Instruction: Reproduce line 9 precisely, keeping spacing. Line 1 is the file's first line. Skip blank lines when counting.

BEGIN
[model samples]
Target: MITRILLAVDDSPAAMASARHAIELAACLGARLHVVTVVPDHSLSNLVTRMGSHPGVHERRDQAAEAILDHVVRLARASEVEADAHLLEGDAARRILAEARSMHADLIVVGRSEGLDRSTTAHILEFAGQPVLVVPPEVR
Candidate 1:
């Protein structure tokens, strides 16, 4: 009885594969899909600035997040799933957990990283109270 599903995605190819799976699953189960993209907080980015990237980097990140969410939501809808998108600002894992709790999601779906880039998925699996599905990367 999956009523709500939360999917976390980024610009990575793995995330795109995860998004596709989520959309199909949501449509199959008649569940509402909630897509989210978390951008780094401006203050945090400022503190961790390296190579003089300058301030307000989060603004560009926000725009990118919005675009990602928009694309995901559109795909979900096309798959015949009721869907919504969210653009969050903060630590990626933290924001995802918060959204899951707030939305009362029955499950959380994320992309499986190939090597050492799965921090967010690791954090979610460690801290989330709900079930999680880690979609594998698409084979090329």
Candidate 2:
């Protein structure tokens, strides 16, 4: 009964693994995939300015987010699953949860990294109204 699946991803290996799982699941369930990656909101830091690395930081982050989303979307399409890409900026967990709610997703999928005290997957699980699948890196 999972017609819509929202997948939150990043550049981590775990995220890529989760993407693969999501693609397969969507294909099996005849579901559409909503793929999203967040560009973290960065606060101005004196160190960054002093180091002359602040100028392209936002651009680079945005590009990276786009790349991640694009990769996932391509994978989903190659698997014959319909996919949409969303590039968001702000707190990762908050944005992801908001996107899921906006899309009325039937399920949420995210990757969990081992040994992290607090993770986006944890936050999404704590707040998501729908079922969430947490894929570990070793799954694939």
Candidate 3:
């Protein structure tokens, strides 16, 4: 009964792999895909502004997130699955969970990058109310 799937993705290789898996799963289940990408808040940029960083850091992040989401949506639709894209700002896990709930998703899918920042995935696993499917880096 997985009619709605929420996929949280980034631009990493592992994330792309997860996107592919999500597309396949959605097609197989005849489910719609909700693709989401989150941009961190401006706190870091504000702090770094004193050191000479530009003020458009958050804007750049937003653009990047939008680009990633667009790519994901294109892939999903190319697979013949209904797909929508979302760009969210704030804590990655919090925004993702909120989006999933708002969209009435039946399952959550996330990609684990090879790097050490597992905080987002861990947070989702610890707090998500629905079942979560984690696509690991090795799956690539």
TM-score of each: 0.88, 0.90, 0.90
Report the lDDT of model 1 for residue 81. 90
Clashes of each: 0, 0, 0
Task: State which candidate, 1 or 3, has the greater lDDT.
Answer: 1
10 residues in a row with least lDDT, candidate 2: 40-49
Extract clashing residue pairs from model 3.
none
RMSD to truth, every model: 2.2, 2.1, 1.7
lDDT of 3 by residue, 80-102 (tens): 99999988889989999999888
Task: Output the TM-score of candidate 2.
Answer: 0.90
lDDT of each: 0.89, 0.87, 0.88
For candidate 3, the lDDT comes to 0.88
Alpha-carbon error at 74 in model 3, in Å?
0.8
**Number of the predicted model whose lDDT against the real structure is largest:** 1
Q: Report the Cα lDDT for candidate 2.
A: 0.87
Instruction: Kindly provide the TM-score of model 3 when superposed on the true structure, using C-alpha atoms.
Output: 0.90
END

TM-score of each: 0.88, 0.90, 0.90